We looked at the two top blogging services. Best known, and free, is
Google Blogger. But you get what you pay for: Blogger is a basic
blogging service that won’t overpower beginners with too many options
or choices. For a small monthly fee, however, Six Apart TypePad
provides the services we’d like to see offered within Blogger, such as
mixed-media templates, built-in photo uploading, and guest accounts.
Ironically, Blogger makes it much easier to host your blogs on your own
domain; TypePad allows it but also requires a little extra work between
you and your ISP.
I think it really depends what you are looking for in a blogging service (like most things). I originally ran this blog on Blogger and decided to move across to TypePad when I hit a few snags on Blogger and didn’t come right. Once I worked out how to do all the stuff I wanted to do (or most of it at any rate), I realised that TypePad is far better for me than Blogger.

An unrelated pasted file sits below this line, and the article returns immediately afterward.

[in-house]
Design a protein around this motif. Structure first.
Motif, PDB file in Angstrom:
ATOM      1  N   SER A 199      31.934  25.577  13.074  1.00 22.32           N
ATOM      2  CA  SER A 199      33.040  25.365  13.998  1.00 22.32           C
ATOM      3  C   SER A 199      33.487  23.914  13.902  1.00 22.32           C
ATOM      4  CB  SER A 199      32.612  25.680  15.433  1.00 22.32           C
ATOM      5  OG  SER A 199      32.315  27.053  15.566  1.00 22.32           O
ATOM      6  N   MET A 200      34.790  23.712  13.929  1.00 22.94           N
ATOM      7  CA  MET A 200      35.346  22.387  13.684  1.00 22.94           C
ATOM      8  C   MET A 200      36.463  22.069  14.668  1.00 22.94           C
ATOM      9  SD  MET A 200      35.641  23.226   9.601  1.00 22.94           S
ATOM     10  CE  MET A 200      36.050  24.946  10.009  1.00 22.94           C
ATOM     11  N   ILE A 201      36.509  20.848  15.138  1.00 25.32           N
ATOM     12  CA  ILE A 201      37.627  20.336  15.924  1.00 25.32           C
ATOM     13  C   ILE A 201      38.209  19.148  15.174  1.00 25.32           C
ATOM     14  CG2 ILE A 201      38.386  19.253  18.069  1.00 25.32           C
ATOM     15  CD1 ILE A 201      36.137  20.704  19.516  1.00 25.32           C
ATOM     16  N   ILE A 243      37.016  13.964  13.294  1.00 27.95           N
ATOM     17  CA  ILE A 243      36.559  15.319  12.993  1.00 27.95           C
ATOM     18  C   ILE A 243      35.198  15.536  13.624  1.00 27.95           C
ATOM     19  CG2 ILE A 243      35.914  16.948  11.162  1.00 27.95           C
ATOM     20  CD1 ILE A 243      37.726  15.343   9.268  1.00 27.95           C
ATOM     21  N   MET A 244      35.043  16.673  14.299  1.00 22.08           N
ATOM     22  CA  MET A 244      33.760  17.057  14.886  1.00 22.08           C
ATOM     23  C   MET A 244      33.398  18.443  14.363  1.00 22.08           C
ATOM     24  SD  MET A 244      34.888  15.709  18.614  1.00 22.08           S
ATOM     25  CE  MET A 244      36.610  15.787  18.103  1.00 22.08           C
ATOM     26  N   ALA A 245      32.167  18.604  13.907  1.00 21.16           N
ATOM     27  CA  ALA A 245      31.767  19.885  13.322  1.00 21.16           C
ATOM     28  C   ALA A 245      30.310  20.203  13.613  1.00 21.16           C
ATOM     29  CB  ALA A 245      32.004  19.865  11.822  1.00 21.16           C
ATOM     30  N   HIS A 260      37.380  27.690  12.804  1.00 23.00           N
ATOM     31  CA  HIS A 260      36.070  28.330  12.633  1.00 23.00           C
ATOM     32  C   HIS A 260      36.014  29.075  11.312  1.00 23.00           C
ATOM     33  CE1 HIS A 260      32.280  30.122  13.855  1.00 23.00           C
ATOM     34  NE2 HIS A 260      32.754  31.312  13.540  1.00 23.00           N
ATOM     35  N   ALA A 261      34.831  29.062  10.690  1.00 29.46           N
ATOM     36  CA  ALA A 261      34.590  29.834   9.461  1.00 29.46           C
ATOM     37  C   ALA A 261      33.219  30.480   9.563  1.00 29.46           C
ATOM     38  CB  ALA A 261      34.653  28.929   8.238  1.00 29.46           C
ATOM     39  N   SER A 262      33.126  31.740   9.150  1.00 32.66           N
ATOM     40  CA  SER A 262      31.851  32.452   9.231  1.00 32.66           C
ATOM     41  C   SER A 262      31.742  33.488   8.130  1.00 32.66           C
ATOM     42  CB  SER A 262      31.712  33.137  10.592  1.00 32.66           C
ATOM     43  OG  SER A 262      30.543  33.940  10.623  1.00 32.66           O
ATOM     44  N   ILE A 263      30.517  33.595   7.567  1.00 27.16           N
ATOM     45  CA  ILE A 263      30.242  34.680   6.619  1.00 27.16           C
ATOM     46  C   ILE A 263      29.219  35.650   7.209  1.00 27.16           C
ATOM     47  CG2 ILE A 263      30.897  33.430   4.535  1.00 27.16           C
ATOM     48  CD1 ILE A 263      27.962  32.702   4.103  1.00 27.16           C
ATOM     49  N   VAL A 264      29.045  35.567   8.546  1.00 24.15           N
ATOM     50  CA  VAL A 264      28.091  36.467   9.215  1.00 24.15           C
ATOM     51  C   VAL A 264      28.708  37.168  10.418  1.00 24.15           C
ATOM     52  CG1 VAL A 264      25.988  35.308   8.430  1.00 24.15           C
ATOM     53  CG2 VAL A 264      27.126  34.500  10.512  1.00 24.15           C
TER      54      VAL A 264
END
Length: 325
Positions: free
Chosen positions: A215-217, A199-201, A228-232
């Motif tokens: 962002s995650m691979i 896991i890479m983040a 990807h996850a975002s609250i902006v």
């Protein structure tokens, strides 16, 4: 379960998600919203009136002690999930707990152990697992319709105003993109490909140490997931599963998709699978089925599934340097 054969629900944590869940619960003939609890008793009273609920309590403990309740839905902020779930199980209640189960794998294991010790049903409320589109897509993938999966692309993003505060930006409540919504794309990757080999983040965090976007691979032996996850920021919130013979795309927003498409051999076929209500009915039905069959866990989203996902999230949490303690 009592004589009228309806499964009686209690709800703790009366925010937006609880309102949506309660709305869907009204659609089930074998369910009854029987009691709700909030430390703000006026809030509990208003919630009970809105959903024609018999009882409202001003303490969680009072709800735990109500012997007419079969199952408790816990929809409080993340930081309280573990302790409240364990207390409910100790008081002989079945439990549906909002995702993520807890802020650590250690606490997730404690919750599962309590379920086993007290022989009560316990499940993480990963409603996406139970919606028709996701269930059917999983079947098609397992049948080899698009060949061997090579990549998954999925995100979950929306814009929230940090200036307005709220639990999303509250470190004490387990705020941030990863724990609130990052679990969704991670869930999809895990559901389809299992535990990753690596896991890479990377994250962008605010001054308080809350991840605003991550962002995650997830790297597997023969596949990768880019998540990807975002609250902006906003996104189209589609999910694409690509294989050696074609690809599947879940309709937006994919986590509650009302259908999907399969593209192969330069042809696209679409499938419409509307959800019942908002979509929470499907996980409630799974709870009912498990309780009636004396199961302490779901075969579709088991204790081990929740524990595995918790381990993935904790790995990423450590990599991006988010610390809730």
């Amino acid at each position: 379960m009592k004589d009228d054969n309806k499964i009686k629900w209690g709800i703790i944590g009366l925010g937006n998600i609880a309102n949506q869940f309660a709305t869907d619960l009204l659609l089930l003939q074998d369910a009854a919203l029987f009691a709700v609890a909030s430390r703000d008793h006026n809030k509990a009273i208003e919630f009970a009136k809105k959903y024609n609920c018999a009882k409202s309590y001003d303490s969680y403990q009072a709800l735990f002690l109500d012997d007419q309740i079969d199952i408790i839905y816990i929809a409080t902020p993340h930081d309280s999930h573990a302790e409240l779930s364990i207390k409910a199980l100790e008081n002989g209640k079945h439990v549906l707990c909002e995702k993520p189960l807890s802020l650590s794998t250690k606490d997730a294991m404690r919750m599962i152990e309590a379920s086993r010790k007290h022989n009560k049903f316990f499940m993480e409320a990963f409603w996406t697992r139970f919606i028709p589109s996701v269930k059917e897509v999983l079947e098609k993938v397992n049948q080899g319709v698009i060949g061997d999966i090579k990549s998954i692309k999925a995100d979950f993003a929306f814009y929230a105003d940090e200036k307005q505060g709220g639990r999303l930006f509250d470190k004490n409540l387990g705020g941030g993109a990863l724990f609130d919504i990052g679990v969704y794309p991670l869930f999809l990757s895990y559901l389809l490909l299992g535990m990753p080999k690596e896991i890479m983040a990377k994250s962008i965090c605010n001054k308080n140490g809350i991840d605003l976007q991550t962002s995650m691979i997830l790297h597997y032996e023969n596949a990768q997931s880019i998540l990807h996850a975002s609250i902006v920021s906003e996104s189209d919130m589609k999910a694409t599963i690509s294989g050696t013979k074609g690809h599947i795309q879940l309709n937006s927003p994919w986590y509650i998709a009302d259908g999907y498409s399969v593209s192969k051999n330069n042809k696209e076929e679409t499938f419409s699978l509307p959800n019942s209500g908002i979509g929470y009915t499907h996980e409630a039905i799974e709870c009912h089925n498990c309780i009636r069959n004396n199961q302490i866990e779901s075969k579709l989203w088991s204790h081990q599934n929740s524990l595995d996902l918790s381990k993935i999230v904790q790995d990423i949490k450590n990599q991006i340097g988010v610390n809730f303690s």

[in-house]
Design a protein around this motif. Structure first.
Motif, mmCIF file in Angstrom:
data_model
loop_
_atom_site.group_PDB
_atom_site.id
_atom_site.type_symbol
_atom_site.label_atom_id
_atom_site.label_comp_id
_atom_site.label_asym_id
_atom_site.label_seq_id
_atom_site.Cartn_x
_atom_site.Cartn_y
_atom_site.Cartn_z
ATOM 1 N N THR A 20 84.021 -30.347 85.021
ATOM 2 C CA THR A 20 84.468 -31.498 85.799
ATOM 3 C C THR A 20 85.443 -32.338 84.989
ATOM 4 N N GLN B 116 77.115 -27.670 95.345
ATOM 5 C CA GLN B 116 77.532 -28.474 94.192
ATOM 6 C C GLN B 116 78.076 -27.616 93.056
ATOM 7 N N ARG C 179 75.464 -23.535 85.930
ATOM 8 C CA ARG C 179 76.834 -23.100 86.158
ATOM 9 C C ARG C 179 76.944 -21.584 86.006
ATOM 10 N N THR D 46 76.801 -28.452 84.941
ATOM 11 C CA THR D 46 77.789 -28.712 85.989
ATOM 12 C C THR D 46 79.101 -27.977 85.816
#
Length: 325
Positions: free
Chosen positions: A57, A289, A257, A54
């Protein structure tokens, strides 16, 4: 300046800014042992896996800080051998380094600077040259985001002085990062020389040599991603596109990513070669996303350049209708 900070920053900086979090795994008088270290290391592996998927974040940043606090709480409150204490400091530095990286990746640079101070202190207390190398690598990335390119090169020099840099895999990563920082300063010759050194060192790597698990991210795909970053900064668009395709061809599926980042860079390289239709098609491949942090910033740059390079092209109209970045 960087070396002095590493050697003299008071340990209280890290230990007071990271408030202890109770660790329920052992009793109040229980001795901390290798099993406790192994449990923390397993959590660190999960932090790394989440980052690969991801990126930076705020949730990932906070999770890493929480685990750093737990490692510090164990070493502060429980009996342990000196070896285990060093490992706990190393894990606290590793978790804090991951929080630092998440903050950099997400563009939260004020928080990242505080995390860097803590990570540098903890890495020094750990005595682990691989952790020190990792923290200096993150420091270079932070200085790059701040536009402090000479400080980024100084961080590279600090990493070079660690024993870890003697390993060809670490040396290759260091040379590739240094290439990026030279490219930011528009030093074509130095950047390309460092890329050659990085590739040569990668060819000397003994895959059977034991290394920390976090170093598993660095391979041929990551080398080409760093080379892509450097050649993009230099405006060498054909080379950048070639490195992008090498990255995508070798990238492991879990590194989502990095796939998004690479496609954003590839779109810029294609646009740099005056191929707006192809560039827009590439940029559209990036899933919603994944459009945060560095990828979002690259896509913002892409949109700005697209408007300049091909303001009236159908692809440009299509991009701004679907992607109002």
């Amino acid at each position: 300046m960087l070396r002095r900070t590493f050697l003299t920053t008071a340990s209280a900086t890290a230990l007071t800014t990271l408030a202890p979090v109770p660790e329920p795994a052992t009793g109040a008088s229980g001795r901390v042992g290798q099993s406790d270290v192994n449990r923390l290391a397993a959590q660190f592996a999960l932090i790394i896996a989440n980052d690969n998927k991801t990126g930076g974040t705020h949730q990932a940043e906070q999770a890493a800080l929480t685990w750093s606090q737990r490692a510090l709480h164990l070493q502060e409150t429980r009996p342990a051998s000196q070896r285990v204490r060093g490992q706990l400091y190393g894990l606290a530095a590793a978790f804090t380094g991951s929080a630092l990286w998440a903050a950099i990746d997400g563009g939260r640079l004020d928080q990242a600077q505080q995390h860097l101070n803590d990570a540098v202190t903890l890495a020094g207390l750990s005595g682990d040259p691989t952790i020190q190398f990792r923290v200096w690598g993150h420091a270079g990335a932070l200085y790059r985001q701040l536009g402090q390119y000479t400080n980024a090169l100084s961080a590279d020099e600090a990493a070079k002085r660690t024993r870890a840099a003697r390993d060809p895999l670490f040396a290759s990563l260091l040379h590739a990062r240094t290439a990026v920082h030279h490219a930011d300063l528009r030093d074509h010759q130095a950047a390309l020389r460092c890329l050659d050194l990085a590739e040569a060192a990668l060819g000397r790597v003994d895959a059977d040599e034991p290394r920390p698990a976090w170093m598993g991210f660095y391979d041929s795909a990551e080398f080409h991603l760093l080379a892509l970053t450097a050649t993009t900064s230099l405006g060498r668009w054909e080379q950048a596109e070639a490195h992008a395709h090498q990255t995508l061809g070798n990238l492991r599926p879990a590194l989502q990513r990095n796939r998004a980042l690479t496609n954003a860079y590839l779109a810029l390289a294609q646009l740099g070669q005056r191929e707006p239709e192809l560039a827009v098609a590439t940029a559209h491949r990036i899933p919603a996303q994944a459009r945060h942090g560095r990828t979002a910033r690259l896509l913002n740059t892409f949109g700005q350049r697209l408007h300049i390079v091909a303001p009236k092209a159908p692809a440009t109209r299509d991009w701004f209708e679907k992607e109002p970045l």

If you are new to blogging, also bear in mind that there are other solutions available. Three of these solutions are MovableType, LiveJournal and WordPress. Of those three, only LiveJournal is hosted. If you decide to implement MovableType or WordPress, you will need to host your blog with a hosting service and you will also need to be able to configure the blogs to run. To do this, you will require certain skills to get the show on the road (or have access to those skills). Setting up a blog with WordPress or MovableType is a bit more challenging than setting up a blog on Blogger, TypePad and LiveJournal but it is not impossible. There are some pretty remarkable blogs running both platforms (two of my favourites are eclecticism and ProBlogger, running MovableType and WordPress respectively).
Speaking of ProBlogger, Darren agrees with CNET Reviews’ finding that TypePad is a better blogging service, notwithstanding that it is a paid service.